And the implication that Teach First teachers are the only teachers who care about disadvantage – never a great message when graduates have to work alongside non Teach First colleagues. Teach First are in a delicate position at the best of times – encouraging ‘high flyers’ to teach for a couple of years in a ‘challenging’ school has, on more than one occasion, been compared to providing rich kids a gap year in the UK. In truth the position is more subtle – Teach First provides a win/win situation for all involved – but that underlying perception is there and the bad feeling is well summarised under the Twitter #teachfirstslogans. The campaign has left Teach First graduates in a difficult place.

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Slightly more fundamentally in terms of charity fundraising it appears that the funding was to be used – not to actually fund teachers – but to develop new ideas and projects. While that addresses in part the tax questions I am not sure how wise it was to launch the first fundraising campaign on the back of an ask that was not quite what the money was for. Most charity leaders have run creative pitches but they are an art form to keep legal, ethical and honest.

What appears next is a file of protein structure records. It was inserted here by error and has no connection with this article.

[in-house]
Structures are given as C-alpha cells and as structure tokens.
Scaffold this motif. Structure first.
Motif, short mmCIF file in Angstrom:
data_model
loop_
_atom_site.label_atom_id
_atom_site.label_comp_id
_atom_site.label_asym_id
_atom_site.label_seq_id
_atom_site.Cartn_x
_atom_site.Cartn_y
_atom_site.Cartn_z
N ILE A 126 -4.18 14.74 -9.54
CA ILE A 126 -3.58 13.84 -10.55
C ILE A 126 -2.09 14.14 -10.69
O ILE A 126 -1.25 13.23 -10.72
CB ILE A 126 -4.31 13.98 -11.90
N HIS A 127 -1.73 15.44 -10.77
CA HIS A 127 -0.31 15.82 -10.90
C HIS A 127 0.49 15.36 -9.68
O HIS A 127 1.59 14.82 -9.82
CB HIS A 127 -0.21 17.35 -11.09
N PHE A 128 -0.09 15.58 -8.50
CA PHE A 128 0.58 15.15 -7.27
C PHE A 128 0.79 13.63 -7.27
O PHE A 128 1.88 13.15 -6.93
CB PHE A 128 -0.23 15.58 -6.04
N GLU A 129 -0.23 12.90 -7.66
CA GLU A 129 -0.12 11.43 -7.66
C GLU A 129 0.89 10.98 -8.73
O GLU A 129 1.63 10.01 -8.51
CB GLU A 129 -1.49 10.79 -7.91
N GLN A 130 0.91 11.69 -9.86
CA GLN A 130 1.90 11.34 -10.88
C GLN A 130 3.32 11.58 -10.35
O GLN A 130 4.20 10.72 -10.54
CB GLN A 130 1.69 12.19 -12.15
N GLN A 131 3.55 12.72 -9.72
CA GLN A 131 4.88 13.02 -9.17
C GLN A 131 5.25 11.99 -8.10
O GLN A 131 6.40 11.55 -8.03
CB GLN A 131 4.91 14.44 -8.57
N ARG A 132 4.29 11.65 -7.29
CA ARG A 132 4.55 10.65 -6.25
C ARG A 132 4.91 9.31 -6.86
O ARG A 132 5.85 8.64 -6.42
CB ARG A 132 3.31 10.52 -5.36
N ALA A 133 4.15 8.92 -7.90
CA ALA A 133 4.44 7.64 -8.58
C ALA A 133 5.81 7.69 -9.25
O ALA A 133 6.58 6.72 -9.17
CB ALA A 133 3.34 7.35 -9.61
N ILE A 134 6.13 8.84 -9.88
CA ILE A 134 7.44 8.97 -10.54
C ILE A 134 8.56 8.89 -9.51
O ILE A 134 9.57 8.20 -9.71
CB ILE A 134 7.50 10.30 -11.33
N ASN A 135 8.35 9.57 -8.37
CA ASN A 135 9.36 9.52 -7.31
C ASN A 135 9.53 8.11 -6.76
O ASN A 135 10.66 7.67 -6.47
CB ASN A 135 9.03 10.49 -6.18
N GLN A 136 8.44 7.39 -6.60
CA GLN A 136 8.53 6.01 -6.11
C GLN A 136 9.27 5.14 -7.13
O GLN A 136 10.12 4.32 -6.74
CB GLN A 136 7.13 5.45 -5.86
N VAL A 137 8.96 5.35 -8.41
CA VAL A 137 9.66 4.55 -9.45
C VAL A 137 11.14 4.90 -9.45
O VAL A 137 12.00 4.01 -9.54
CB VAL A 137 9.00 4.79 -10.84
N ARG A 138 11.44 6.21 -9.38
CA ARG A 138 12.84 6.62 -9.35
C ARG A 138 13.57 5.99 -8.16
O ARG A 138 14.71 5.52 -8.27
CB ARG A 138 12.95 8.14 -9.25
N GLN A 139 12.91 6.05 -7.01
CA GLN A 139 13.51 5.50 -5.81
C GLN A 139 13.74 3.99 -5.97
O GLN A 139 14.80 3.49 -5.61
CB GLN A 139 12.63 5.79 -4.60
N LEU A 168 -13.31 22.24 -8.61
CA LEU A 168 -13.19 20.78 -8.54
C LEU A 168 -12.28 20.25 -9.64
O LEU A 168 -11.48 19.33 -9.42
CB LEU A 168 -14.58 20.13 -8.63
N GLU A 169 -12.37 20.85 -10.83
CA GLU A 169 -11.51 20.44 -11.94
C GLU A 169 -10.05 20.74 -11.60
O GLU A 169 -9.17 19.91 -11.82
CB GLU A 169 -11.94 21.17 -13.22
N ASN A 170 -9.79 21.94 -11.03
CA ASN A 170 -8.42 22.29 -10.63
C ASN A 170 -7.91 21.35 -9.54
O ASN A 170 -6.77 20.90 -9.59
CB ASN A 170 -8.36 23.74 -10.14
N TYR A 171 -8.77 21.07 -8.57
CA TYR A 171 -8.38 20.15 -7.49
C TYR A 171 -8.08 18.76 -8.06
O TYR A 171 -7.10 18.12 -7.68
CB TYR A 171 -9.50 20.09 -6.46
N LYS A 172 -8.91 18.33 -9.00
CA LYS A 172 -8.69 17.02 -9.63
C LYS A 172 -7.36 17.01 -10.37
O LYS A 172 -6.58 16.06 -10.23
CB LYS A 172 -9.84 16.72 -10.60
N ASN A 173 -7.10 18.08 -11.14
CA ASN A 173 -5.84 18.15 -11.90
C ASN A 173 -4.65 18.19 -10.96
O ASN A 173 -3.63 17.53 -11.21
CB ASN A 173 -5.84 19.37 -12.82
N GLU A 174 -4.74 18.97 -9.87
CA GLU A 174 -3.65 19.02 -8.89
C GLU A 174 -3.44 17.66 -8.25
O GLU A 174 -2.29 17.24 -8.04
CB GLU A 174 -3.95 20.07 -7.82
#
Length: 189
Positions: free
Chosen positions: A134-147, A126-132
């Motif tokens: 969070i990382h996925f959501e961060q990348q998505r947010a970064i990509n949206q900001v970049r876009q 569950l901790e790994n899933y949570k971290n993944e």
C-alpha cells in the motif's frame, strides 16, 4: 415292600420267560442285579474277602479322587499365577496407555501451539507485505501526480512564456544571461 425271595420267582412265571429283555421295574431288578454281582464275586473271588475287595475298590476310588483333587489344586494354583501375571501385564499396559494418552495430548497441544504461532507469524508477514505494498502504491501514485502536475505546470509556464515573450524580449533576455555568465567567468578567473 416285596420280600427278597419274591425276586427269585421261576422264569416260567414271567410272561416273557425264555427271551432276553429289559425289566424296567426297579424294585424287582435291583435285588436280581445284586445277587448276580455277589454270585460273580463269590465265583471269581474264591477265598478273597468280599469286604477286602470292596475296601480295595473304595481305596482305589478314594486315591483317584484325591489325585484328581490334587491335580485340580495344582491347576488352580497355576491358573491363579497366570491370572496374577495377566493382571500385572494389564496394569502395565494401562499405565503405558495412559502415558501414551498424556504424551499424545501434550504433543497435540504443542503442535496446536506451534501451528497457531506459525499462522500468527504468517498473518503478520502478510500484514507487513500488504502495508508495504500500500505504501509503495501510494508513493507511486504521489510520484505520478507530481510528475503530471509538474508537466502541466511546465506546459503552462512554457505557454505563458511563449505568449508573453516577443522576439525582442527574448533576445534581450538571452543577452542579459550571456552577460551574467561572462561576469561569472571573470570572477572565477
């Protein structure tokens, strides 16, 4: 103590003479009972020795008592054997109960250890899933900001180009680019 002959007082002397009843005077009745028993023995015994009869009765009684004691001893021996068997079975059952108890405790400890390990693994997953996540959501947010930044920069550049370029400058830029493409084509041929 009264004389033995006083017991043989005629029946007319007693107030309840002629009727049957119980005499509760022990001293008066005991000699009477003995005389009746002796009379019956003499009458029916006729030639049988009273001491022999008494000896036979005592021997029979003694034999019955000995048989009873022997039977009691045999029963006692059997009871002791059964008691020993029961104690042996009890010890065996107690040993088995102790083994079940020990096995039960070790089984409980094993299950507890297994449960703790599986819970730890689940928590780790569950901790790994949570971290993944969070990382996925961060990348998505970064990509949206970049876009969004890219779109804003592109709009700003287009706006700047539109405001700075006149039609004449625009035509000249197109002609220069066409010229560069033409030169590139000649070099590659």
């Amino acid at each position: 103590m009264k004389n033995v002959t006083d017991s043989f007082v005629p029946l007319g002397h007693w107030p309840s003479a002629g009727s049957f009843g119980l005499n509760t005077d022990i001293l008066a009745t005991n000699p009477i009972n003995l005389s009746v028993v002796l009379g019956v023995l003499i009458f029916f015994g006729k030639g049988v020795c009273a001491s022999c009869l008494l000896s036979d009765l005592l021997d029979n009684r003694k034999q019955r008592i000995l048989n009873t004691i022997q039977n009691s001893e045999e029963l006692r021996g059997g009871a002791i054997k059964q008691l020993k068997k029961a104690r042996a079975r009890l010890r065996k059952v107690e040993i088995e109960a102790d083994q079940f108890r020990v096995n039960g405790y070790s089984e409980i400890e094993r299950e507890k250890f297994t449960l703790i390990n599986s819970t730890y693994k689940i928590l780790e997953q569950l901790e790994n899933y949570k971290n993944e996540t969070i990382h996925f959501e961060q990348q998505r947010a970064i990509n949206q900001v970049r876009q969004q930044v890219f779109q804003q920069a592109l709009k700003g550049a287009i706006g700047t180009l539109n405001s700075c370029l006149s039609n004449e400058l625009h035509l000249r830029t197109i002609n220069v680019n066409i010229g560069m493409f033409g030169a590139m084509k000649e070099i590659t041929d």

However, for me it was not the fundraising ask that made me wince the most. It was the stories of inspirational teaching from the worthies and celebs that had gone in to share their wisdom. Now I am all for hands experience – great to get supporters to see the work of the charity first hand. I am also a great believer in motivating and interesting adults, other than teachers, adding to the learning experience. But that is what they are – adults OTHER than teachers. They are not teaching. Not in the sense that their one hour slot left them with any responsibility for the learning outcomes of the children in their care.  Or that they were skilled or qualified to teach. They are no more teaching than I would be providing qualified legal advice if I completed the conveyancing on your new home during an hour visit to see what a solicitor does.  The approach generated lots of PR – tick one box for the campaign at least. But the message – anybody can teach – was totally at odds with the entire TeachFirst message that teaching is a highly skilled profession worthy of our best graduates. More than that – at a time when there is the debate about who can teach and what qualifications they need is a political hot potato it risked taking Teach First into a highly charged and potentially toxic arena. Nothing wrong with that – many charities exist right in that campaigning space – but do it intentionally and with a clarity of message and response.